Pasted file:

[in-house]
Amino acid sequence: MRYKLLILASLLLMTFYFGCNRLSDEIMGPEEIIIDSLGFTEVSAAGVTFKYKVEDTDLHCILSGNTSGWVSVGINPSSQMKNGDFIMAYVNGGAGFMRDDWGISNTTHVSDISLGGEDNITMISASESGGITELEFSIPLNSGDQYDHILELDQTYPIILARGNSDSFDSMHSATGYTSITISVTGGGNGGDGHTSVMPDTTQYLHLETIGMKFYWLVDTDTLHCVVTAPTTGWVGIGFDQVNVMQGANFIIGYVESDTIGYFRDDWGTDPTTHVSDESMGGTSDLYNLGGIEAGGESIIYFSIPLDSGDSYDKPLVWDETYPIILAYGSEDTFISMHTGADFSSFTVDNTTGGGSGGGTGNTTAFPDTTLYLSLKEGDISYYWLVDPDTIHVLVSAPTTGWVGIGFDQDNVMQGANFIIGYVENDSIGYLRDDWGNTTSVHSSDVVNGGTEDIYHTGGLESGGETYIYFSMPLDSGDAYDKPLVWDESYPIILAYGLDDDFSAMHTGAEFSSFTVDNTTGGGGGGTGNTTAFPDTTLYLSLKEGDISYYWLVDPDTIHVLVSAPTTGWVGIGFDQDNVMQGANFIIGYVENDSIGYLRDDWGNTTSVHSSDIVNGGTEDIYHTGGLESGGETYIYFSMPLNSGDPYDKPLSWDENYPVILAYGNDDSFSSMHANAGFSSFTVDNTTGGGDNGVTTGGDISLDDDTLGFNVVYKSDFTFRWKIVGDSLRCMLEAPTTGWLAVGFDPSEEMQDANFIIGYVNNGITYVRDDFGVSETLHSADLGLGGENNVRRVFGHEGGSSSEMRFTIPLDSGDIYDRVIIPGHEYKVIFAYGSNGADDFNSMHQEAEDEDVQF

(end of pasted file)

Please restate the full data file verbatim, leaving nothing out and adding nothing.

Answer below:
[in-house]
Amino acid sequence: MRYKLLILASLLLMTFYFGCNRLSDEIMGPEEIIIDSLGFTEVSAAGVTFKYKVEDTDLHCILSGNTSGWVSVGINPSSQMKNGDFIMAYVNGGAGFMRDDWGISNTTHVSDISLGGEDNITMISASESGGITELEFSIPLNSGDQYDHILELDQTYPIILARGNSDSFDSMHSATGYTSITISVTGGGNGGDGHTSVMPDTTQYLHLETIGMKFYWLVDTDTLHCVVTAPTTGWVGIGFDQVNVMQGANFIIGYVESDTIGYFRDDWGTDPTTHVSDESMGGTSDLYNLGGIEAGGESIIYFSIPLDSGDSYDKPLVWDETYPIILAYGSEDTFISMHTGADFSSFTVDNTTGGGSGGGTGNTTAFPDTTLYLSLKEGDISYYWLVDPDTIHVLVSAPTTGWVGIGFDQDNVMQGANFIIGYVENDSIGYLRDDWGNTTSVHSSDVVNGGTEDIYHTGGLESGGETYIYFSMPLDSGDAYDKPLVWDESYPIILAYGLDDDFSAMHTGAEFSSFTVDNTTGGGGGGTGNTTAFPDTTLYLSLKEGDISYYWLVDPDTIHVLVSAPTTGWVGIGFDQDNVMQGANFIIGYVENDSIGYLRDDWGNTTSVHSSDIVNGGTEDIYHTGGLESGGETYIYFSMPLNSGDPYDKPLSWDENYPVILAYGNDDSFSSMHANAGFSSFTVDNTTGGGDNGVTTGGDISLDDDTLGFNVVYKSDFTFRWKIVGDSLRCMLEAPTTGWLAVGFDPSEEMQDANFIIGYVNNGITYVRDDFGVSETLHSADLGLGGENNVRRVFGHEGGSSSEMRFTIPLDSGDIYDRVIIPGHEYKVIFAYGSNGADDFNSMHQEAEDEDVQF